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WHAT GOES UP
A fairly dynamic storm system is traversing the upper Midwest. Ahead of it Tuesday, brisk SW winds sent temperatures soaring into the 70s for the 3rd consecutive day in most of my area. This continues October's trend of unseasonal warmth. Below are the daily average temperature departures for the Quad Cities this month. Only 2 of the 20 days have have experienced below normal readings and even they weren't below by much.
Here's some precise October departures showing most of my area 8 to 9.5 degrees above normal per day.
These are Tuesday's readings at 3:30 in the afternoon. While it's balmy here looks what's going on in the northern Plains where temperatures were 35-40 degrees colder with wind chills in the 20s.
Those frisky temperatures out in western Iowa were about 20 degrees colder than 24 hours earlier. As you probably surmised, that's what our future holds.
You can clearly see the cold front Tuesday evening arching from western Illinois into NW Arkansas. The wrap around clouds from western Iowa into South Dakota will spin across the region Thursday lending to mostly cloudy skies and much colder temperatures. Scattered showers are also possible in the morning, especially near and north of HWY 30. They look light.
With the clouds and brisk NW winds, highs Thursday will be hard pressed to get out of the low to mid 50s. At noon, the 3k NAM has readings right around 50 which is 20-25 degrees colder than 24 hours earlier. Wear a coat!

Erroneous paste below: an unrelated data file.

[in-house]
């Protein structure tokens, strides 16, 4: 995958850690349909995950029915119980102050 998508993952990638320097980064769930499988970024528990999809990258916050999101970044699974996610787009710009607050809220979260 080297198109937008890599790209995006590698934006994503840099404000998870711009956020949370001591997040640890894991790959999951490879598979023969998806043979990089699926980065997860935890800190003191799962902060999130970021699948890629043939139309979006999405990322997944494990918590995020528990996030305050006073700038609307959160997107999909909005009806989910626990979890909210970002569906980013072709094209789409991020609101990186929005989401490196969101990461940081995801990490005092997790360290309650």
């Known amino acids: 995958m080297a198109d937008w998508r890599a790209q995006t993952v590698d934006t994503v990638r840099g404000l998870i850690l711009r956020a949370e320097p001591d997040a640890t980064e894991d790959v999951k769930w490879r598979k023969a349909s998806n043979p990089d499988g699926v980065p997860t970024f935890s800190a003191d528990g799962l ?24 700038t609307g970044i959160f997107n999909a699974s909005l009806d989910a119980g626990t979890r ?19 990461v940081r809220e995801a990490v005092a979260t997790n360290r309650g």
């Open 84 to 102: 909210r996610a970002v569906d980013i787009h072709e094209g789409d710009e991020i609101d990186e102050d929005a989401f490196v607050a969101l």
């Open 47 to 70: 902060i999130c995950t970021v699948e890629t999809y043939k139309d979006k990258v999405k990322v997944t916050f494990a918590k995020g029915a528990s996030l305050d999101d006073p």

By the way, most of my area saw little (if any) in the way of rain from the system as it passed Wednesday. However, as you can see in the rainfall estimates below, several narrow bands of thunderstorms developed which produced a few brief downpours with 1/4 to 1/2" amounts. That was the exception as opposed to the rule.
This larger perspective shows the heavier rains off to the NW in the systems deformation band (cold sector).
Chilly weather is now with us through the weekend. In fact, highs the next 4 days will not get out of the 50s, perhaps even longer than that in my northern counties. Despite some periods of clouds, conditions look to remain dry after Thursday morning until Sunday and perhaps part of Monday when our next rainmaker arrives. Models are really struggling with the strength and evolution of the system but are now converging on a surface low passing through Missouri and Illinois. The EURO was the first to pick up on that trend 24 hours ago. That puts the region in the cold sector of the storm and with NE winds, rain, and chilly temperatures the end of the weekend and start of next week appears lame to put it lightly. Some significant rain totals are also looking more and more likely. Here's what the ensemble means of the GFS and operational EURO show for rain amounts Sunday through Monday.
Before I go, I thought this was rather interesting. Fun to look at anyway for those of you who like winter. It's the GEFS long range 500mb mean jet stream pattern for the 30 day period October 24 to November 24th. Such a set-up looks like fun and games to me! That's a cold and active looking pattern if it verifies (always that if). Look at that blocking over the top centered on Greenland (in the reds). That argues for a negative Arctic and North Atlantic oscillation which opens the door to cold air outbreaks with ridging over the west.
The model also indicates an especially cold period November 12-19th with 7 day average temperature anomalies of 13-19 below normal.
There's also snow on several occasions with the control indicating significant amounts in the upper Midwest and several inches in my area.